Once the holy grail of career ambitions, partnership is not as important to a lot of lawyers for a number of reasons; firstly solicitors these days are often more interested in quality of life and spending time out of the office doing other things such as sleeping, eating and breathing. Secondly a increasingly larger proportion of lawyers want to have a quality home life, and they sometimes sacrifice progressing their career in the short term in order to raise a family and spend time with their children.
I have noticed in the time Ten-Percent Legal Recruitment has been operating an increasingly large proportion of solicitors and executives want part time work, but the firms seem to be primarily searching for recruiting full time staff. This is particularly so in litigation departments, and I can understand the reasons for this. The smaller practices are perhaps the hardest to crack from the part time perspective, whereas larger firms are recognising the need for more flexible hours, job share and part time work in order to attract and retain quality staff.
Nevertheless, partnership prospects are an important part of a lot of lawyer’s career aspirations. We often get calls from lawyers requiring astronomical salaries, and we can almost always guarantee that the lawyers have been partners with their current firm, and not appreciated the difficulty in moving to another practice as an assistant without a following and the realistic salary levels involved. It is a fact that partnership can lead to incomes well beyond the dreams of mere mortals and assistant solicitors, and even in primarily LSC funded fields of law, it is not uncommon to find solicitors earning in the region of £70k-£90k pa. Assistants with the same experience would be lucky to bring in £35k at some of these practices.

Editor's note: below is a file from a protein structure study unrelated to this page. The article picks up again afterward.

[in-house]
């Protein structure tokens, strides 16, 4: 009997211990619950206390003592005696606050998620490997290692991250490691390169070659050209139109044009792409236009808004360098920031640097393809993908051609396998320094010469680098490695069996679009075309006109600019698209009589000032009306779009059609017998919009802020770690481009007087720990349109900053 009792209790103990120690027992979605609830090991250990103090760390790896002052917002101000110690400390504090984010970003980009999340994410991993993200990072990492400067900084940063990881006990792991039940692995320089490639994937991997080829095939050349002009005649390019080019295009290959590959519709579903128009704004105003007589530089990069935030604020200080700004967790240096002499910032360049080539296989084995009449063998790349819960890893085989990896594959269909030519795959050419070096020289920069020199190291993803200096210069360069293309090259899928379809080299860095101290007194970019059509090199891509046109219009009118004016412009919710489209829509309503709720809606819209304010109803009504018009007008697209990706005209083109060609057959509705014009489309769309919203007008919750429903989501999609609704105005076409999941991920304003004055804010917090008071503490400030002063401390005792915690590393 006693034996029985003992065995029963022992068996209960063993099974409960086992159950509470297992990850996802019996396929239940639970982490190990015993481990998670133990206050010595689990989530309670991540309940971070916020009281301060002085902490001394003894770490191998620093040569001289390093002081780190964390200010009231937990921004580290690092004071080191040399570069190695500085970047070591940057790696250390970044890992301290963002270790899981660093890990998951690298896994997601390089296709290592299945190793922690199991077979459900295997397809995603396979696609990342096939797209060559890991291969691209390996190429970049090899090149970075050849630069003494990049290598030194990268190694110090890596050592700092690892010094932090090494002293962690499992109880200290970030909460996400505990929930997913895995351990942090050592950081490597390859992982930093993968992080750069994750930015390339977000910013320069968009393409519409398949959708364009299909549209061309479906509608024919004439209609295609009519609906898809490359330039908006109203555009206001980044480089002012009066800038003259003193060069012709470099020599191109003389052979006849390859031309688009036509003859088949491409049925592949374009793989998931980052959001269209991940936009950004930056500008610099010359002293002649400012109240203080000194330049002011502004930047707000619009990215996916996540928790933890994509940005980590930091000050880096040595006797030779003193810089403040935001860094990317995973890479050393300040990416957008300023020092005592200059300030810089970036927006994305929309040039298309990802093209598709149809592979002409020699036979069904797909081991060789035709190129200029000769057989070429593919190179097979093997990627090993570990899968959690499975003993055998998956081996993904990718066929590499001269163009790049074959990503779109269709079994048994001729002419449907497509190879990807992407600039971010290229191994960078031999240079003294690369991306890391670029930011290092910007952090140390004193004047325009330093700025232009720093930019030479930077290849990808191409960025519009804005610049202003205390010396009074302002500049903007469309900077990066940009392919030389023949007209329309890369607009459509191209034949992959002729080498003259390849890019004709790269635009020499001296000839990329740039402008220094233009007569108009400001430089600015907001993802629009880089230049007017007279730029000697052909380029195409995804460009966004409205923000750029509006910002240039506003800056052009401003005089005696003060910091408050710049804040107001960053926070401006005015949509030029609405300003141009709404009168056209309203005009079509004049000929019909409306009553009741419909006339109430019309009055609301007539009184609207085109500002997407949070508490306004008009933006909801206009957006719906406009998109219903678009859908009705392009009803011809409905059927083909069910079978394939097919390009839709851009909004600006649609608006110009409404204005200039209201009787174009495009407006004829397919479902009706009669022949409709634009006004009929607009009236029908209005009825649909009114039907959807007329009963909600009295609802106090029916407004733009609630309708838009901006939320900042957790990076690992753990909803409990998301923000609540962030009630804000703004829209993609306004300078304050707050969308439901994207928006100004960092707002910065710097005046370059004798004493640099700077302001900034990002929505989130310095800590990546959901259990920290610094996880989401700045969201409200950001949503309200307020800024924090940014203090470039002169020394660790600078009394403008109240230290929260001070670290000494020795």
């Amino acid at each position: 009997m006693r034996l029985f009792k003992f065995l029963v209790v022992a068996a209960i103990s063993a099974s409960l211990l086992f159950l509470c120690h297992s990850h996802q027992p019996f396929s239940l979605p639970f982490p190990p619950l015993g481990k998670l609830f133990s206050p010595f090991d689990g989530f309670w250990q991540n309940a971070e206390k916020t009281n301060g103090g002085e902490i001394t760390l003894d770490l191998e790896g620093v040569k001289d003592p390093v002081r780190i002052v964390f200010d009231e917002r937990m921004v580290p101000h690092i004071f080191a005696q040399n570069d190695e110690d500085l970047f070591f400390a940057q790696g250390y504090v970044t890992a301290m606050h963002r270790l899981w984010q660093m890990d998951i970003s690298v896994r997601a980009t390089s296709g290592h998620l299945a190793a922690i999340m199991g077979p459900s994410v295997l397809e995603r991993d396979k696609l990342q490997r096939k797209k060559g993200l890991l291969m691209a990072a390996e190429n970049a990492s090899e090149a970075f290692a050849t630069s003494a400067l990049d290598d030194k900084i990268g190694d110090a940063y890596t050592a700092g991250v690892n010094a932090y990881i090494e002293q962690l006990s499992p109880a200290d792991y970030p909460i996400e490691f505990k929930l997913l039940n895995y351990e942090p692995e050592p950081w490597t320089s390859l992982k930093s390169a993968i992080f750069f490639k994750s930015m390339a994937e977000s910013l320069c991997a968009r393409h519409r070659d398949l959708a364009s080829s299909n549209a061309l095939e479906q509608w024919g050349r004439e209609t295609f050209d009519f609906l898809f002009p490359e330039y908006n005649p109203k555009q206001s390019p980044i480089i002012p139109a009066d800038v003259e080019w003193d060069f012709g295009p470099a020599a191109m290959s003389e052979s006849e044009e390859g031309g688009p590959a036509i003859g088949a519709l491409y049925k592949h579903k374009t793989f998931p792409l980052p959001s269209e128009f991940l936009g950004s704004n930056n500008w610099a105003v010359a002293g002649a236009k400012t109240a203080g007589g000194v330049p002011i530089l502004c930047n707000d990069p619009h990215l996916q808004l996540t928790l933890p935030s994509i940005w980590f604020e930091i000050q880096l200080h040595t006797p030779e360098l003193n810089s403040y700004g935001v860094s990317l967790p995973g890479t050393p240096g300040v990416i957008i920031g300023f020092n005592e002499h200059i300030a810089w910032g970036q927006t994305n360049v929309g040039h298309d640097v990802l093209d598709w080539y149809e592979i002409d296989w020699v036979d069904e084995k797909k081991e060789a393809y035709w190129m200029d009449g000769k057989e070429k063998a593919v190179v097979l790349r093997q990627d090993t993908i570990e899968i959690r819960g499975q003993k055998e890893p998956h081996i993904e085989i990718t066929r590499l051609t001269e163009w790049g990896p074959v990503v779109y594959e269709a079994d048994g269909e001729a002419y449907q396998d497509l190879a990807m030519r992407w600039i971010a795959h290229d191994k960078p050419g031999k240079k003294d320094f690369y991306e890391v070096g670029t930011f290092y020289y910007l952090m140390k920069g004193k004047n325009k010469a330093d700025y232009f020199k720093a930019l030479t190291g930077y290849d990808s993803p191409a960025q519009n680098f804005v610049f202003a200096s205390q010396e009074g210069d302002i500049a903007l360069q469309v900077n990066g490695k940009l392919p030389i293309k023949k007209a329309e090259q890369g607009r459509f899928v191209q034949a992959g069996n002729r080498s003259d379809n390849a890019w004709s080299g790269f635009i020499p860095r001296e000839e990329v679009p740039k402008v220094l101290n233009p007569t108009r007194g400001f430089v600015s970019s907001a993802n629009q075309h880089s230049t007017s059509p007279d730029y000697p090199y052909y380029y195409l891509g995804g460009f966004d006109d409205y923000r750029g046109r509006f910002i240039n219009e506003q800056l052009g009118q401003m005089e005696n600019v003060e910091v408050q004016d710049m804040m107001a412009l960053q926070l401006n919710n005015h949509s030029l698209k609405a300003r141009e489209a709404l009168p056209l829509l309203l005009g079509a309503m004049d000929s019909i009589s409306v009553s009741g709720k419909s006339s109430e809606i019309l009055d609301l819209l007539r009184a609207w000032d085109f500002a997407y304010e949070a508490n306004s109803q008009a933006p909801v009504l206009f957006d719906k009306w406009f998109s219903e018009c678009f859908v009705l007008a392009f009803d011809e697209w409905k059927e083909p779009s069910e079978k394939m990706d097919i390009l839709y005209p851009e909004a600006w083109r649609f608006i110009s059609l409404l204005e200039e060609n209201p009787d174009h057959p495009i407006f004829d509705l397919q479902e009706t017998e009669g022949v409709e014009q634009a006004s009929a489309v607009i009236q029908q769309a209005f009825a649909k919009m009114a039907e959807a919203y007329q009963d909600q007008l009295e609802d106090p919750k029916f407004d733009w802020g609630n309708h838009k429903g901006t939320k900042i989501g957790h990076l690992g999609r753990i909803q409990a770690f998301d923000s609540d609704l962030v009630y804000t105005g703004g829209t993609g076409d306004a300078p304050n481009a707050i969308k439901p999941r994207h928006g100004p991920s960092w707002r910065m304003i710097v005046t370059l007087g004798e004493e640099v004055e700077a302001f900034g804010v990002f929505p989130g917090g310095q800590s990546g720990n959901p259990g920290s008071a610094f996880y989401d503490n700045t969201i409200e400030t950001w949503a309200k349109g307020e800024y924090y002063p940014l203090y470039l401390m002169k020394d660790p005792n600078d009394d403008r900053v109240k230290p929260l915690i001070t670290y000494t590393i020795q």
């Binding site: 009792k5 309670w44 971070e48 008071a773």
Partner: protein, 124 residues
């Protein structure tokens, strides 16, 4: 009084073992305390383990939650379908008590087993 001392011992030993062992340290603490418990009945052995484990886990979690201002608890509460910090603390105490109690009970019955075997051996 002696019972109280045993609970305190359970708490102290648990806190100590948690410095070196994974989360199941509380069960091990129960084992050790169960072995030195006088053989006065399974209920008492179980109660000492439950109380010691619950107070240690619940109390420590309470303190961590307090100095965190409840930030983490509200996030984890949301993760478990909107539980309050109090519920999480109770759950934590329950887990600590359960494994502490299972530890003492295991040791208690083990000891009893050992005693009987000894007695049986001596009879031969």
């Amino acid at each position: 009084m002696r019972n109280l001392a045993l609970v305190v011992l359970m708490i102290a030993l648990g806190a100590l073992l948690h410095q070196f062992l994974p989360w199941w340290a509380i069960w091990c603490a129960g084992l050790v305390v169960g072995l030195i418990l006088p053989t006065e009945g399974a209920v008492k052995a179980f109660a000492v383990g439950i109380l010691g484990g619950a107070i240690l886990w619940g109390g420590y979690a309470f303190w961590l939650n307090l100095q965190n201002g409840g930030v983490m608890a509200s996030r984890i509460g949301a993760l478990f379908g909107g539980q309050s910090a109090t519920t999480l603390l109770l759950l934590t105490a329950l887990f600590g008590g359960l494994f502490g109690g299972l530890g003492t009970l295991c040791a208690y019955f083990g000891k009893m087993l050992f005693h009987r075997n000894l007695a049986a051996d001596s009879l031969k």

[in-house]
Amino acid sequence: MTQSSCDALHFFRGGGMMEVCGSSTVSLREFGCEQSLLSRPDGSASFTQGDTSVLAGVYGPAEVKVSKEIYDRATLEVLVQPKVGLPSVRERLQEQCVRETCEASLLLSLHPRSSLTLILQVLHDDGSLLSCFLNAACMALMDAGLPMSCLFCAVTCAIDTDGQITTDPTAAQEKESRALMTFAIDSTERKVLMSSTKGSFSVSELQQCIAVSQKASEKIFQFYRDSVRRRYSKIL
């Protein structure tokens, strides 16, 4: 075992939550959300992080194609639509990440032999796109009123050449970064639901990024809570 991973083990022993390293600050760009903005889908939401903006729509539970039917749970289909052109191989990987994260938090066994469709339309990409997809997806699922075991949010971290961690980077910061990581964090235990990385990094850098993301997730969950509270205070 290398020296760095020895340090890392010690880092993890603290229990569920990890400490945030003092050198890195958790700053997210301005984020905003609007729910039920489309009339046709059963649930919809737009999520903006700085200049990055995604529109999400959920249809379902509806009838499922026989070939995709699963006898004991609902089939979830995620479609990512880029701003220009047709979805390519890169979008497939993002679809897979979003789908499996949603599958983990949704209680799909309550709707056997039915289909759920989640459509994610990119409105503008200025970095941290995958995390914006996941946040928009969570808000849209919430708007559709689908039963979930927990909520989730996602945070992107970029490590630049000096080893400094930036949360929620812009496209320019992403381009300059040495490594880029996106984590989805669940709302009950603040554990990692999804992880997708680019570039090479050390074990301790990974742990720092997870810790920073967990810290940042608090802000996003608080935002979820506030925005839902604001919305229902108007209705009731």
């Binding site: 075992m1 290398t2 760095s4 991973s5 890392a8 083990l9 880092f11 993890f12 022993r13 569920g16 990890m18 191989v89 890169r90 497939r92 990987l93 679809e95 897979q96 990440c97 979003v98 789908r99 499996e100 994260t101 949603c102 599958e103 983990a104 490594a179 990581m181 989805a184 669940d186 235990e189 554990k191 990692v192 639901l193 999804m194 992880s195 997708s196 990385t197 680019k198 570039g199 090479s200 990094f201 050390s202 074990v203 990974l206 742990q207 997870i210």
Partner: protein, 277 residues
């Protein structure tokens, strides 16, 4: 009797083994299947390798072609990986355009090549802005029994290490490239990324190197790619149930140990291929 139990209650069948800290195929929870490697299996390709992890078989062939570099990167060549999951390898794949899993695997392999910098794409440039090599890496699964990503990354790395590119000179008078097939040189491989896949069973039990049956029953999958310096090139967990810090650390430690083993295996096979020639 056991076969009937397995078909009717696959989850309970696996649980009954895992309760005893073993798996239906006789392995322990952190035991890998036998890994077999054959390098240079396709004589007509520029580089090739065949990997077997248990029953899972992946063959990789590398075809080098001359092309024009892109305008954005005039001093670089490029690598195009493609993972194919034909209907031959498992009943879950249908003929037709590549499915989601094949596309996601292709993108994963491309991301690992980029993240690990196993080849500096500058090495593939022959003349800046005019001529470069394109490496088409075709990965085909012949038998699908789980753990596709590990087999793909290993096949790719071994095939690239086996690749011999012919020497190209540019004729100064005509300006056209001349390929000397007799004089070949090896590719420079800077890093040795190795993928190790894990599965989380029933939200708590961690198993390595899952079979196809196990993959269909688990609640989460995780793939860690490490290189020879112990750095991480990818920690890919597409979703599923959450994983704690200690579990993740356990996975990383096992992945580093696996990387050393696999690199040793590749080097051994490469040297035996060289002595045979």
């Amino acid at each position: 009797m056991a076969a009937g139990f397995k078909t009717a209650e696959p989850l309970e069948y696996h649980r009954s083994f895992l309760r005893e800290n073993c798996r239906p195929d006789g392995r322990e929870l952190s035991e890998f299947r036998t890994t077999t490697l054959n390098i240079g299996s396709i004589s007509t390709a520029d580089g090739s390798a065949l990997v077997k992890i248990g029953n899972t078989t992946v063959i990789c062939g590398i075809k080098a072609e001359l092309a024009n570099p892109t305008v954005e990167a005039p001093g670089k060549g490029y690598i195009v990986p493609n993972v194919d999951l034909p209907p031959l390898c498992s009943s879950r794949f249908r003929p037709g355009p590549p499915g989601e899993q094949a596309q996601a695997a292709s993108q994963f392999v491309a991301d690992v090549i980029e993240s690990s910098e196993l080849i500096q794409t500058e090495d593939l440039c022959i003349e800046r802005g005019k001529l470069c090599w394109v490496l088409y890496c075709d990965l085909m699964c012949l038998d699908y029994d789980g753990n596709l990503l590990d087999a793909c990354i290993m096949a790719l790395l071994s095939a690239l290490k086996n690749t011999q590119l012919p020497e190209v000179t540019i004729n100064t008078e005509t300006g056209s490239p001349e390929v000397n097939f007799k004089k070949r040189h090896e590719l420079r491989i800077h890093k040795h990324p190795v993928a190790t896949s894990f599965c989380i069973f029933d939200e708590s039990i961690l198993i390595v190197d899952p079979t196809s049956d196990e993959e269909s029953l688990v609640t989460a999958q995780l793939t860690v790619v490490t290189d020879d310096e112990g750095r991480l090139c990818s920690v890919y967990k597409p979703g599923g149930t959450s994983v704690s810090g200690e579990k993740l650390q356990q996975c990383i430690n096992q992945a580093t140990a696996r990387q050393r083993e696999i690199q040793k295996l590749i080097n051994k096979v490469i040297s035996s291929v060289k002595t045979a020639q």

There are many different sorts of partners, but they can in essence be narrowed down into two types: those who own a share of the business and hence receive a profit, and those who are dependent on the other partners to determine their remuneration.
If you are offered partnership you need to consider the options very carefully, including checking the accounts if possible of the firm. Whilst the advice you need is beyond the scope of this webpage, it suffices to say that you want to be joining a partnership that is profitable as opposed to one that is leaking money.
Partnership prospects are worth their weight in gold at some firms, and in other firms they are a burden. If you are offered a partnership fast track position by a firm it is worth asking them for an estimated date for joining the partnership, how many lawyers have previously been promoted from assistants and associates, and the average time it has taken from them joining the firm to actually becoming partners. Check what benefits are on offer to you if not becoming an equity partner.
If you are at Newly Qualified level, take an offers of partnership very carefully indeed. The Solicitors Disciplinary Tribunal pages in the Law Society Gazette are littered with examples of NQ solicitors who have been struck off after a bad experience with dodgy partnership offers….
If you want advice about partnership and the options available if you have a following and think of moving, email us at email@example.com